Buddhism in Chinese Society: An Economic History from the Fifth to the Tenth
Centuries, by Jacques Gernet. Translated By Franciscus Verellen
Reviewed by Daniel L. Overmyer
Pacific Affairs
Vol.68 No.4
Winter 1995
COPYRIGHT 1995 University of British Columbia (Canada) ;
New York: Columbia University Press

            THIS BOOK is based on a wide variety of Chinese primary texts, with 
            many translated passages, most from literati or government sources 
            outside Buddhism. Since the author stays close to the critical 
            perspectives of these sources there is useful information here not 
            only about Buddhism, but also about attitudes toward it. Gernet 
            allows that "Buddhism in medieval China was a religious movement. 
            That was its essential characteristic," (p. xv) but as its title 
            indicates, the primary focus of this book is the economic activities 
            of Buddhist monasteries, monks and nuns. There is interesting 
            information here about such topics as monastic ownership of land, 
            serfs, mills, oil presses and pawnshops, as well as on the roles of 
            monasteries as inns and hospitals. There is also good discussion of 
            the wills of monks and nuns and the activities of monasteries in 
            colonizing new land. The author distinguishes three different types 
            of monasteries, those supported by the state, eminent families, and 
            "common monks" (p. 4), and reminds us that "Buddhism in China was 
            not the essentially monastic religion represented by the Vinaya" (p. 
            96). There is repeated emphasis on the contrast within Buddhism 
            between charity and profit, religious merit and commerce. Another 
            strong point of this study is its detailed discussion of Indian 
            Buddhist teaching concerning economic activities of the sangha as 
            the theoretical background of the Chinese situation. All this is 
            Nonetheless, there are problems here, the chief of which is that 
            though this book was first published in French in 1956 it was not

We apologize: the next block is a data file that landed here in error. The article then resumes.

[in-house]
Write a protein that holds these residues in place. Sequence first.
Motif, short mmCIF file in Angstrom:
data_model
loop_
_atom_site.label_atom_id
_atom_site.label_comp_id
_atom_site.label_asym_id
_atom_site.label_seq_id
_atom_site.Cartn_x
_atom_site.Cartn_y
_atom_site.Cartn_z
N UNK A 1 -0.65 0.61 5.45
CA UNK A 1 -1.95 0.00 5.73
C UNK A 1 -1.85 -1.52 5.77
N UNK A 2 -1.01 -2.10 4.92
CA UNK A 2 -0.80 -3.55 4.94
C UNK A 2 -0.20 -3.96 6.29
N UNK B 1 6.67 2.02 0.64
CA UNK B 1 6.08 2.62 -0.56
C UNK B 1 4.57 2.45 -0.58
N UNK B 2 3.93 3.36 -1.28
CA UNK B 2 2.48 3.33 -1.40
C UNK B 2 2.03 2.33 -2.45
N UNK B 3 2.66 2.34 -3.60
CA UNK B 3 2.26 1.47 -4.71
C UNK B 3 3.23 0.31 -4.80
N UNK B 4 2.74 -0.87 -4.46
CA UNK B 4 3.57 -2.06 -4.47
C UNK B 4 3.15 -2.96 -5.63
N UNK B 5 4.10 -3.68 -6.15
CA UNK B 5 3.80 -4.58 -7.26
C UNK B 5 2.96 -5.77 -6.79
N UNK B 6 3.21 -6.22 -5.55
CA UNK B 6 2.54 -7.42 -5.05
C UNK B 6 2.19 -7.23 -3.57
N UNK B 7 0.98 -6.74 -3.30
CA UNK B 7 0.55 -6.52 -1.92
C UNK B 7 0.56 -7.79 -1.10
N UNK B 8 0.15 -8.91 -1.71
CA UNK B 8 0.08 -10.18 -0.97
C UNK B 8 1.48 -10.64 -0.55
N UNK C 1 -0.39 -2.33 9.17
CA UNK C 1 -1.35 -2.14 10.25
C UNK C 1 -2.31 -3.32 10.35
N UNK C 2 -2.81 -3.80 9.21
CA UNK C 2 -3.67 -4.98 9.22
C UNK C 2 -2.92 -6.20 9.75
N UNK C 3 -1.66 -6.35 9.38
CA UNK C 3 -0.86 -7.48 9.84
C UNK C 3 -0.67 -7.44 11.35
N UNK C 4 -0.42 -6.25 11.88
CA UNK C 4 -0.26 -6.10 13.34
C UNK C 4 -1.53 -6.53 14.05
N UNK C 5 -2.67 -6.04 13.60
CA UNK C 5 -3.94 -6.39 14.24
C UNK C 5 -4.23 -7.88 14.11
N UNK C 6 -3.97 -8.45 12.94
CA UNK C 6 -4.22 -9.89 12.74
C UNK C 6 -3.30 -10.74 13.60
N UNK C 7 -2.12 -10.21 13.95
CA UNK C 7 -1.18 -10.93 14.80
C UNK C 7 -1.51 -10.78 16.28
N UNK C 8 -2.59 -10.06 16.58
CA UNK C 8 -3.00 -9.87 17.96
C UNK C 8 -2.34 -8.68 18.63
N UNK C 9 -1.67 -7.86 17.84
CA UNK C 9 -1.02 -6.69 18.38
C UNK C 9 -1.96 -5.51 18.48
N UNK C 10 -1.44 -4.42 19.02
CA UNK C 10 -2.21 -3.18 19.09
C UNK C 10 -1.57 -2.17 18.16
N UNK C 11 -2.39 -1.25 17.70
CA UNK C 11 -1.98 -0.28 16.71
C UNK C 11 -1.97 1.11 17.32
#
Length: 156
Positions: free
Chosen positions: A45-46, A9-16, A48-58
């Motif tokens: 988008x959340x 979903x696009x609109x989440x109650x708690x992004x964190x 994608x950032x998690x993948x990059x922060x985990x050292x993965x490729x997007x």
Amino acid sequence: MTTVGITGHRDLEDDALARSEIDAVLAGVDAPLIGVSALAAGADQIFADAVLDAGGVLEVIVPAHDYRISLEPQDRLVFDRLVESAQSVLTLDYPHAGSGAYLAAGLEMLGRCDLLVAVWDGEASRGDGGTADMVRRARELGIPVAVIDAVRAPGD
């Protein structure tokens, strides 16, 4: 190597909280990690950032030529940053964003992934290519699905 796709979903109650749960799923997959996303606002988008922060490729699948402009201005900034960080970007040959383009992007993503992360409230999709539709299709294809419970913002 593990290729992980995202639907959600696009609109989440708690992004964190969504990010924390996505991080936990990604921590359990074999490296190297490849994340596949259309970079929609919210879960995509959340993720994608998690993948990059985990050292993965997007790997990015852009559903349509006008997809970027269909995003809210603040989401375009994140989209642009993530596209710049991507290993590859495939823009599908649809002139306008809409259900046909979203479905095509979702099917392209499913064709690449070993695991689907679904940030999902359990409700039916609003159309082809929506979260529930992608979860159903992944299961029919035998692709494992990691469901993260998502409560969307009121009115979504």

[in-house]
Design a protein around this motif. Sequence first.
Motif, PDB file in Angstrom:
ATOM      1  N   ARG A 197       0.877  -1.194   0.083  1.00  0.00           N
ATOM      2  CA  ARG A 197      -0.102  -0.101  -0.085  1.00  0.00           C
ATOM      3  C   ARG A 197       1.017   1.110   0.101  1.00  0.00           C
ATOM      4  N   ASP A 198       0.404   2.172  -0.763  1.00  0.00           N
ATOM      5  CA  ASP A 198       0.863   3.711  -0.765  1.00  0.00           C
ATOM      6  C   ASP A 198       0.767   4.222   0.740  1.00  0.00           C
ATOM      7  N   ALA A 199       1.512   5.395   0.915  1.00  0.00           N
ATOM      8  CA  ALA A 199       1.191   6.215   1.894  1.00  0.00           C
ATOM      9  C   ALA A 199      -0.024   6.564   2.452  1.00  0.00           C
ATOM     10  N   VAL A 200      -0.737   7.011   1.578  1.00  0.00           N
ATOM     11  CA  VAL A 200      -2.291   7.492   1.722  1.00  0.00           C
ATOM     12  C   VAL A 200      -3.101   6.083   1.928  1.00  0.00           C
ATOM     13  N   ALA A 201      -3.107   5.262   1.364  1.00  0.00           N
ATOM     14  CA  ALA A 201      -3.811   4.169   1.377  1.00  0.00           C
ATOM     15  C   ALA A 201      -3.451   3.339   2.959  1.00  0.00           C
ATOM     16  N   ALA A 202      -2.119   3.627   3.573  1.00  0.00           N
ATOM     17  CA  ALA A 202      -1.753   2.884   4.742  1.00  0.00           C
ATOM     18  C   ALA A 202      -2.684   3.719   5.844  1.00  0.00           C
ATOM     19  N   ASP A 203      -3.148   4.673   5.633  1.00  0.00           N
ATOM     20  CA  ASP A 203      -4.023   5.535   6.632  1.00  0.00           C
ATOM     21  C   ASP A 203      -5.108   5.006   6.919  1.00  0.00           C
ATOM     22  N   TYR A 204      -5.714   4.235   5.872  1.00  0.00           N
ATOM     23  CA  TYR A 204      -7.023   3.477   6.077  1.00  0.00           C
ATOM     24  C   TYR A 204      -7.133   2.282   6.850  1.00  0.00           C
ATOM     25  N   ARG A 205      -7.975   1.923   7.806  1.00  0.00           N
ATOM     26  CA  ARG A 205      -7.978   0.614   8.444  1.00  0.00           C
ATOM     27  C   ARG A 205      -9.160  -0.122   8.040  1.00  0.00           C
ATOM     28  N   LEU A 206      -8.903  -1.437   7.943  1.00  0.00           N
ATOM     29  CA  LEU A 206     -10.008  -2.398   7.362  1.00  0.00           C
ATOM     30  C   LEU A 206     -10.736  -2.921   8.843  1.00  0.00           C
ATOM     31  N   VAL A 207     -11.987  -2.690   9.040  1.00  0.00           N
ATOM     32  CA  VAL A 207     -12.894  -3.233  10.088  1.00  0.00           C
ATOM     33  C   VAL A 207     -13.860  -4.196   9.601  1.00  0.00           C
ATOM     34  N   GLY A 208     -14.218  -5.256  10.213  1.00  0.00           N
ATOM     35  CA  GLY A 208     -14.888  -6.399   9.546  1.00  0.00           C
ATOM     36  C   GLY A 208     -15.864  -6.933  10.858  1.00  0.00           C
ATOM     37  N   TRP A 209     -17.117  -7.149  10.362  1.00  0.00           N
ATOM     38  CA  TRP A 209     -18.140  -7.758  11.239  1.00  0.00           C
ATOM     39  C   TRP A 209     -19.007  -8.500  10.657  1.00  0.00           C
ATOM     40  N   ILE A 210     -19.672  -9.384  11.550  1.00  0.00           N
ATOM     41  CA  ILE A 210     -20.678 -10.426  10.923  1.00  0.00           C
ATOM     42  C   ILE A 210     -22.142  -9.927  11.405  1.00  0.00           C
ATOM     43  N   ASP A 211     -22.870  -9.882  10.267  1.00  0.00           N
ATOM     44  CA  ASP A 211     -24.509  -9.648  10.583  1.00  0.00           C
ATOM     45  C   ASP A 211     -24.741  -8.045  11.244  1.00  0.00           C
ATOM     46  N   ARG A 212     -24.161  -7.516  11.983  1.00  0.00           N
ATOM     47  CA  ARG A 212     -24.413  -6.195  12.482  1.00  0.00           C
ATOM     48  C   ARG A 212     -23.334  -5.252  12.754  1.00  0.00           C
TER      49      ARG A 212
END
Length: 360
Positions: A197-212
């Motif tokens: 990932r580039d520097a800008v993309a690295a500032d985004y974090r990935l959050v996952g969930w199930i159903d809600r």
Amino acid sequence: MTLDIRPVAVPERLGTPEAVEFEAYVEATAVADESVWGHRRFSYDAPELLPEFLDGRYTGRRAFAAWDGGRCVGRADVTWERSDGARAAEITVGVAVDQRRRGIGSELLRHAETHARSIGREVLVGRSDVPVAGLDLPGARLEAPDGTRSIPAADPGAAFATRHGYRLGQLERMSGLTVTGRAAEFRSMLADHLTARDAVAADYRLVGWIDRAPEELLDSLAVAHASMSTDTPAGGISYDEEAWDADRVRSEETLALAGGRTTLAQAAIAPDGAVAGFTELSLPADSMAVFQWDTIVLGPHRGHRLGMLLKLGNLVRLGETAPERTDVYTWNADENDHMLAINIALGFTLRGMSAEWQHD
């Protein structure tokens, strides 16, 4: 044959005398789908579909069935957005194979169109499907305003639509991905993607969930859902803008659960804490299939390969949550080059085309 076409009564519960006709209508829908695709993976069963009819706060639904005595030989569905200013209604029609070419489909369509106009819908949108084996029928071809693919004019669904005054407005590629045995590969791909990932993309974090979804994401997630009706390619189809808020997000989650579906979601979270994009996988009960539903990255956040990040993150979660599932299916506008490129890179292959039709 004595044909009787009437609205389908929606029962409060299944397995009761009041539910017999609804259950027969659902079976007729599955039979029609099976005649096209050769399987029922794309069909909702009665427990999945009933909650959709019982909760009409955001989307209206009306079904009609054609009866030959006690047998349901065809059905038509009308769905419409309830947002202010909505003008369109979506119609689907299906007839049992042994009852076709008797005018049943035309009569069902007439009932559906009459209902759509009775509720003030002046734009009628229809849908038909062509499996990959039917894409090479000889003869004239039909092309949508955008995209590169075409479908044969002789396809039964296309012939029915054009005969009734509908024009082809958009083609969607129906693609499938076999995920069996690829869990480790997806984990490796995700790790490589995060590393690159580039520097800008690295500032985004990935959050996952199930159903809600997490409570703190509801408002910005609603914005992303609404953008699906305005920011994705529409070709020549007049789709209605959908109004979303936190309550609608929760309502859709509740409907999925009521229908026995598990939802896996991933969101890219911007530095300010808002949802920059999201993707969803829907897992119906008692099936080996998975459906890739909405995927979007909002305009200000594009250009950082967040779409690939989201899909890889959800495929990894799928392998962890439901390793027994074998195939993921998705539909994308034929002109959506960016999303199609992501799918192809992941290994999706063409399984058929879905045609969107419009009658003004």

fundamentally revised and updated for this translation. The original 
            bibliography of secondary sources lists nothing published after 
            1955; the "additional bibliography" prepared by the translator does 
            include later materials, but few of them are referred to in the 
            book. When it was first published forty years ago, this was an 
            important, path-breaking work, but its republication now is as 
            significant for the history of Western studies of China as for our 
            knowledge of China itself. Specialists have used this book for 
            years, but nonspecialists may not know of more recent 
            It is good to be reminded of the economic motivations and activities 
            of some monks and nuns and of the high costs of large monasteries in 
            labor, precious metals and deforestation, but the author goes too 
            far toward economic reductionism in such statements as that in the 
            period in question, "Religious activity appears as a luxury...an 
            entirely gratuitous activity. The monks themselves were a luxury" 
            (p. 196). It is in such an approach that the dated nature of this 
            book is most evident, as is true as well with its discussion of 
            popular devotional activities in such undiluted Durkheimian terms as 
            "the frenzy of the faithful", "collective delirium", "abnormal 
            behavior" and behaving in "an irrational manner" (pp. 237-39). In 
            the midst of a discussion of T'ang Buddhism, the author jumps back 
            seven hundred years to Tse Jung (d. 195) to illustrate "the 
            demagogic nature...of the great religious assemblies..." (pp. 
            Throughout this discussion, "the literati" are discussed as a 
            unified group represented by a few skeptical intellectuals with 
            little recognition of the great variety of views that in fact 
            existed. At the end the author accepts completely the old view that 
            after the T'ang Buddhism declined and decayed (pp. 308-310), a view 
            that ignores the vitality of Sung Buddhism that had already been 
            discussed by Suzuki Chusei in 1941, and has been reemphasized in 
            recent decades. 
            The value of this book is its translations of primary sources and 
            its salutary reminder of the importance of economic motivations and 
            activities in the history of Chinese Buddhism. But these motivations 
            are insufficient to explain the vitality and continuity of this 
            tradition down through the centuries, for which religious faith and 
            ideas were also important. For a more balanced treatment of this 
            topic, one should consult Kenneth K. S. Ch'en, The Chinese 
            Transformation of Buddhism (Princeton, 1973), and the several 
            articles by Denis C. Twitchett listed in the "additional